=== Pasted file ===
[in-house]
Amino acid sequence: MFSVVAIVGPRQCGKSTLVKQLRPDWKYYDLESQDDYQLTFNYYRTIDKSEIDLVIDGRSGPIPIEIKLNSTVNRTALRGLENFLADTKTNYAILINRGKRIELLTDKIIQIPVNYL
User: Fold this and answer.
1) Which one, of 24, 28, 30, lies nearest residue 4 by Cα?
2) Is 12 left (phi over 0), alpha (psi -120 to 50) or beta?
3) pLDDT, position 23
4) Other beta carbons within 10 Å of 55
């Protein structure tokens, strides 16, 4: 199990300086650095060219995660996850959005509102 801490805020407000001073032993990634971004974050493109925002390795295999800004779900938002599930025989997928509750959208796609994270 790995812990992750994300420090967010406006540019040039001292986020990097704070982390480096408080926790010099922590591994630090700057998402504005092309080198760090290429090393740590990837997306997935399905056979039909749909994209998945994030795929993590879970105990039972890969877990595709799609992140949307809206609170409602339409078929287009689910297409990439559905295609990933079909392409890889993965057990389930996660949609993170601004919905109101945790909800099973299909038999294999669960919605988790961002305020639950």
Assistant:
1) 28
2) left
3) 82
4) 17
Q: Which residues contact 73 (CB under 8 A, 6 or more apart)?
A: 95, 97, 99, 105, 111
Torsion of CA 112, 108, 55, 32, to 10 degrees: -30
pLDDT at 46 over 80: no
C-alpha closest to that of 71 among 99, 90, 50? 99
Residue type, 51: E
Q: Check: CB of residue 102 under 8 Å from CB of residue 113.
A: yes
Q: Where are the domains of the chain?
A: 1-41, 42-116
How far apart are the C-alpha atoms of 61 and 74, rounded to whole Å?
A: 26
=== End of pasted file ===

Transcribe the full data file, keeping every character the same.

[in-house]
Amino acid sequence: MFSVVAIVGPRQCGKSTLVKQLRPDWKYYDLESQDDYQLTFNYYRTIDKSEIDLVIDGRSGPIPIEIKLNSTVNRTALRGLENFLADTKTNYAILINRGKRIELLTDKIIQIPVNYL
User: Fold this and answer.
1) Which one, of 24, 28, 30, lies nearest residue 4 by Cα?
2) Is 12 left (phi over 0), alpha (psi -120 to 50) or beta?
3) pLDDT, position 23
4) Other beta carbons within 10 Å of 55
């Protein structure tokens, strides 16, 4: 199990300086650095060219995660996850959005509102 801490805020407000001073032993990634971004974050493109925002390795295999800004779900938002599930025989997928509750959208796609994270 790995812990992750994300420090967010406006540019040039001292986020990097704070982390480096408080926790010099922590591994630090700057998402504005092309080198760090290429090393740590990837997306997935399905056979039909749909994209998945994030795929993590879970105990039972890969877990595709799609992140949307809206609170409602339409078929287009689910297409990439559905295609990933079909392409890889993965057990389930996660949609993170601004919905109101945790909800099973299909038999294999669960919605988790961002305020639950």
Assistant:
1) 28
2) left
3) 82
4) 17
Q: Which residues contact 73 (CB under 8 A, 6 or more apart)?
A: 95, 97, 99, 105, 111
Torsion of CA 112, 108, 55, 32, to 10 degrees: -30
pLDDT at 46 over 80: no
C-alpha closest to that of 71 among 99, 90, 50? 99
Residue type, 51: E
Q: Check: CB of residue 102 under 8 Å from CB of residue 113.
A: yes
Q: Where are the domains of the chain?
A: 1-41, 42-116
How far apart are the C-alpha atoms of 61 and 74, rounded to whole Å?
A: 26